The website, called Wiz Kids Draft, would show them what academic and extracurricular endeavors they should get involved with, based on their interests. It would also provide a profile that universities could use to recruit talented students early.

“It’s a LinkedIn for kids,” Rishi said.

After pitching his idea to more than 100 adults, conference participants – all adults – chose Rishi’s idea and six others out of 40 to 60 pitches to be further developed during the weekend, said Jim Van Fleet, a co-organizer of Charlotte Startup Weekend.

For the rest of the weekend, Rishi, his father and four conference participants who chose to help them worked to develop Wiz Kids Draft as a viable business.

Teammate Chad Stachowicz, who has his own startup educational company, said he wasn’t sure what to expect from Rishi.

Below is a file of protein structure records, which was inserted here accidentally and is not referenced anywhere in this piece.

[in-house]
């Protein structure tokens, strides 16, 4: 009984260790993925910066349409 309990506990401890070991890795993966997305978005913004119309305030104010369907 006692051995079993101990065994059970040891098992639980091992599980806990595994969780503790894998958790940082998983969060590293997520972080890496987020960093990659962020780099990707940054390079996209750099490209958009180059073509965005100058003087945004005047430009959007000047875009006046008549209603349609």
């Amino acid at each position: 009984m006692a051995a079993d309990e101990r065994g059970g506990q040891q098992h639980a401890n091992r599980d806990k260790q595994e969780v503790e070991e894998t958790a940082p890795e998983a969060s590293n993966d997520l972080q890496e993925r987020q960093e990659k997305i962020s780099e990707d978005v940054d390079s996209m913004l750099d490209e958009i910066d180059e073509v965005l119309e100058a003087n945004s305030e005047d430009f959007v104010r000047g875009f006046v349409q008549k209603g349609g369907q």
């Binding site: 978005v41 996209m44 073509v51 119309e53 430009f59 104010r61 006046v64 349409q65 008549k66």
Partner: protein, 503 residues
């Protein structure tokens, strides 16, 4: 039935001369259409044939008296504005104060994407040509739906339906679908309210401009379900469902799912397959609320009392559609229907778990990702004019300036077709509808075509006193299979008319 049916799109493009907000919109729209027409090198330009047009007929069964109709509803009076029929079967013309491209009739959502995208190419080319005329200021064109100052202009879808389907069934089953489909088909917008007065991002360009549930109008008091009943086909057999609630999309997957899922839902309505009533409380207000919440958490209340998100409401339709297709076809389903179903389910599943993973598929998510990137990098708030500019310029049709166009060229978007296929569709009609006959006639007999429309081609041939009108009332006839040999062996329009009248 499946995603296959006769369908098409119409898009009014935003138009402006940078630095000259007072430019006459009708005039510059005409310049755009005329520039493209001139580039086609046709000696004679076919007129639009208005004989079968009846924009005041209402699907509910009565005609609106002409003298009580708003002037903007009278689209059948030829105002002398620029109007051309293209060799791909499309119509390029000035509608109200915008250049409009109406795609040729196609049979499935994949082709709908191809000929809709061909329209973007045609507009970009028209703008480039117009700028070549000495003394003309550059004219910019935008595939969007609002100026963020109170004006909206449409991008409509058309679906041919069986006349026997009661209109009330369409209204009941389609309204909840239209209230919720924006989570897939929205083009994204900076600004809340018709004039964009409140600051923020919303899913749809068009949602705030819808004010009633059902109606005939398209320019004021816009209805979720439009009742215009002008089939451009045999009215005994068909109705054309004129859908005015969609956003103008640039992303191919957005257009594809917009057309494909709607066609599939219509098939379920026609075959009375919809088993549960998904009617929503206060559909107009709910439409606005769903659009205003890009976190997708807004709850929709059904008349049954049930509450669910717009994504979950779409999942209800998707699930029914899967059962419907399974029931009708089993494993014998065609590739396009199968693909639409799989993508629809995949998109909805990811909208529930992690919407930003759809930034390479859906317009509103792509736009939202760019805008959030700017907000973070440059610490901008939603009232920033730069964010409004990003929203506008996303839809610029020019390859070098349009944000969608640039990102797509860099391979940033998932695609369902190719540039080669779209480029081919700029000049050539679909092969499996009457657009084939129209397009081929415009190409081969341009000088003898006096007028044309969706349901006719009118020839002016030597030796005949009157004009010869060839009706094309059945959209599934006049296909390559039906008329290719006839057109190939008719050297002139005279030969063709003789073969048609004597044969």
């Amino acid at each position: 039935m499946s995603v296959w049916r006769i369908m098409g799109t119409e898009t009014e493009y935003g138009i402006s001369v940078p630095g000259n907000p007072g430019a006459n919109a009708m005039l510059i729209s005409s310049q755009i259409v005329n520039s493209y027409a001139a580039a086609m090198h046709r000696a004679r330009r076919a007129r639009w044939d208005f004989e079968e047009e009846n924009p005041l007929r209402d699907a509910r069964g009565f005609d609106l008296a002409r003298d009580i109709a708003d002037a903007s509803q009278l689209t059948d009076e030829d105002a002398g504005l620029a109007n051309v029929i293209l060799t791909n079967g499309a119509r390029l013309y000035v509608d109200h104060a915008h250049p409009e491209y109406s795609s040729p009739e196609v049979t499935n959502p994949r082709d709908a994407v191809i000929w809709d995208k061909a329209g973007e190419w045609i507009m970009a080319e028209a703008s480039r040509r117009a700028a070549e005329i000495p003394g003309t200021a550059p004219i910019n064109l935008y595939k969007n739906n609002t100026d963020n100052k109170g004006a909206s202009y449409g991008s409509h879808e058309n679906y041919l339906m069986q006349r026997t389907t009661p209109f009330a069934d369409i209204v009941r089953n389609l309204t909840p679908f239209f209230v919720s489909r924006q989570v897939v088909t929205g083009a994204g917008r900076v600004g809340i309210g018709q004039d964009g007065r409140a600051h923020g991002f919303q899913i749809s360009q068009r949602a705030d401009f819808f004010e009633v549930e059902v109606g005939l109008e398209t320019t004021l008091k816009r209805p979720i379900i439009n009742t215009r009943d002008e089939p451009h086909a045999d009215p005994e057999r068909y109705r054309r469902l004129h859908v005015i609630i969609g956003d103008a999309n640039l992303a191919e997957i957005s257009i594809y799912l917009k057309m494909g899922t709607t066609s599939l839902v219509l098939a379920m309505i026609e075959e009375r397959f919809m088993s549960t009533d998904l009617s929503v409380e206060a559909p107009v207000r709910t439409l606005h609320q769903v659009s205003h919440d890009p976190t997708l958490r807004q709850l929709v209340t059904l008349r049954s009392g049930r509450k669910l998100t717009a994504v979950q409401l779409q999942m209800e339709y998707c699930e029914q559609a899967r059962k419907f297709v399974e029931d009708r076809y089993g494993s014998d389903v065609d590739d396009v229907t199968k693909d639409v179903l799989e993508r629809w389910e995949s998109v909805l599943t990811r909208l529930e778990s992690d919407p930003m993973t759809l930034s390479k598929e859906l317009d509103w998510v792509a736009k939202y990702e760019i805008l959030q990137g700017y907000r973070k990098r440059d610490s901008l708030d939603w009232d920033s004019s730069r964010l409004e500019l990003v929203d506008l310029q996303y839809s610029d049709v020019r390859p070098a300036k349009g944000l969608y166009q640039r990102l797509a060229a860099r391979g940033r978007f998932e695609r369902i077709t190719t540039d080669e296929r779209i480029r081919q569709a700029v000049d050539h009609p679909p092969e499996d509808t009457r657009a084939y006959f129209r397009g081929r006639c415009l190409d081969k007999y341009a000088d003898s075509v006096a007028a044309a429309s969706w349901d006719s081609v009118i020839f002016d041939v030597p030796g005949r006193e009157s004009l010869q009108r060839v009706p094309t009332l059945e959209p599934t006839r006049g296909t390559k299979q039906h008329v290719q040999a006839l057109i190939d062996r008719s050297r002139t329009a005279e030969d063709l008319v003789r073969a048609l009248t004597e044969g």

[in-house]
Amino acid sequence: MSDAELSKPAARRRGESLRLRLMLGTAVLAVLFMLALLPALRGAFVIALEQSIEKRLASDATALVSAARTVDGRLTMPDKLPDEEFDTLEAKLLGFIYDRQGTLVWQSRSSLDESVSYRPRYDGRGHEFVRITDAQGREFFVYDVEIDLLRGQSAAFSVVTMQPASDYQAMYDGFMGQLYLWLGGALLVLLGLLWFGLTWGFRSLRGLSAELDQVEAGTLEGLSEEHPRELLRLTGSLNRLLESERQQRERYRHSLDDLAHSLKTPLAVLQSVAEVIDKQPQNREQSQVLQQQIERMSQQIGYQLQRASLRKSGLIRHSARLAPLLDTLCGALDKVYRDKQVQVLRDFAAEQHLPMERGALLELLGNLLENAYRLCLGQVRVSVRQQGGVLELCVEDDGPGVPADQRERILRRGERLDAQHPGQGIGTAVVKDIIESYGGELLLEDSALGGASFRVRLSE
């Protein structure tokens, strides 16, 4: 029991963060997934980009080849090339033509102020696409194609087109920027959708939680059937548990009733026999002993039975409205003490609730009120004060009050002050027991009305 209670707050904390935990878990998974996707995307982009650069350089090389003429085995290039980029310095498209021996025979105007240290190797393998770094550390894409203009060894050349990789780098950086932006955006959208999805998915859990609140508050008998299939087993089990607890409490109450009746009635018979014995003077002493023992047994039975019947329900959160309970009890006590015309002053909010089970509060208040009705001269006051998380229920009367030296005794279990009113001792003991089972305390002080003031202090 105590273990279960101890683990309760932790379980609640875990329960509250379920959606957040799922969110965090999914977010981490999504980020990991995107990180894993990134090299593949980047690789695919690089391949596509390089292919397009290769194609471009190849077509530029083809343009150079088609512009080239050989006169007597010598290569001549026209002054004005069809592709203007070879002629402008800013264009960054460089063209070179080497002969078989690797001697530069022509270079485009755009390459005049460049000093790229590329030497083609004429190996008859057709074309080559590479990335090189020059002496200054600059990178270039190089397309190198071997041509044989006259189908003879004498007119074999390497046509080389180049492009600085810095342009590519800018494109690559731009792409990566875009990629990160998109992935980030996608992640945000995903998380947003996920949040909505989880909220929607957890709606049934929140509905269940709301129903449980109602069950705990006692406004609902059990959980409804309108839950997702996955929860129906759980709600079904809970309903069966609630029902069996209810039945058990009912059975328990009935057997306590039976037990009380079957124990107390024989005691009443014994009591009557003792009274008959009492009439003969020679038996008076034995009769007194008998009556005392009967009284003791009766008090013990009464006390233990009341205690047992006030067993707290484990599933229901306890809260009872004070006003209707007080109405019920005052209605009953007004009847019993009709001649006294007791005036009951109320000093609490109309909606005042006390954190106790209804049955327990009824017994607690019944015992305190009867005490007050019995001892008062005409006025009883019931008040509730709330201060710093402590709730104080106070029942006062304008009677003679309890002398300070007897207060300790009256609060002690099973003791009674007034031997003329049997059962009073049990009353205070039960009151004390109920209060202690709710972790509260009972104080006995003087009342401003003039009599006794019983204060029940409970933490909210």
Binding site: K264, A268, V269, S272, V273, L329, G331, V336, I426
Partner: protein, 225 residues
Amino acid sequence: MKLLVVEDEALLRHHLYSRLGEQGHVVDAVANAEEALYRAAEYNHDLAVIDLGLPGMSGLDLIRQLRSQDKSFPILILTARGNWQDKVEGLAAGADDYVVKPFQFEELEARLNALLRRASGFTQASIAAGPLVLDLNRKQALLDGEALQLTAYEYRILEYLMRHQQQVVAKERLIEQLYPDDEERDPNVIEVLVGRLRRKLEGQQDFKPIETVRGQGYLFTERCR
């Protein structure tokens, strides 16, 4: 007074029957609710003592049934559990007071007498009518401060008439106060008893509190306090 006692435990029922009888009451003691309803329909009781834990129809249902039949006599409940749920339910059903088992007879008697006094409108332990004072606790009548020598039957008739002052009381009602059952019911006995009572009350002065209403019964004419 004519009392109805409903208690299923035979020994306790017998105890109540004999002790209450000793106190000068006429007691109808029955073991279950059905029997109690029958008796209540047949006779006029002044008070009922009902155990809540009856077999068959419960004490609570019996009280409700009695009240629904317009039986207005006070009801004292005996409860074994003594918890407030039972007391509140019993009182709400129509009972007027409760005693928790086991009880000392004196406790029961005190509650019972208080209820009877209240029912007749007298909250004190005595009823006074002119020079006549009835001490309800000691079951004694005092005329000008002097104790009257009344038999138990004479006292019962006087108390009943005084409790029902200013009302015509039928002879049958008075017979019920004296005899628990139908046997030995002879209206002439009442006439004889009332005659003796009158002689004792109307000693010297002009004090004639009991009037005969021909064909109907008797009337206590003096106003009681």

“I was surprised by his knowledge of what a business cycle is with him being so young,” he said. “Rishi was pretty good on outlining the goals of the team.... He actually did quite a lot.”

At the end of the weekend, Rishi presented the Wiz Kids Draft project’s final version to the adults, and it received the second highest number of votes from participants.

Van Fleet said he was impressed by Rishi’s initiative and work.

“I thought it was great. It shows perseverance,” he said. “You don’t always see that out of children. ... I think it’s definitely inspiring.”

Rishi said he really enjoyed the experience.

“It was not scary,” Rishi said. “It was rather fun. It’s more efficient than working with a group of kids because everyone knows a lot more.”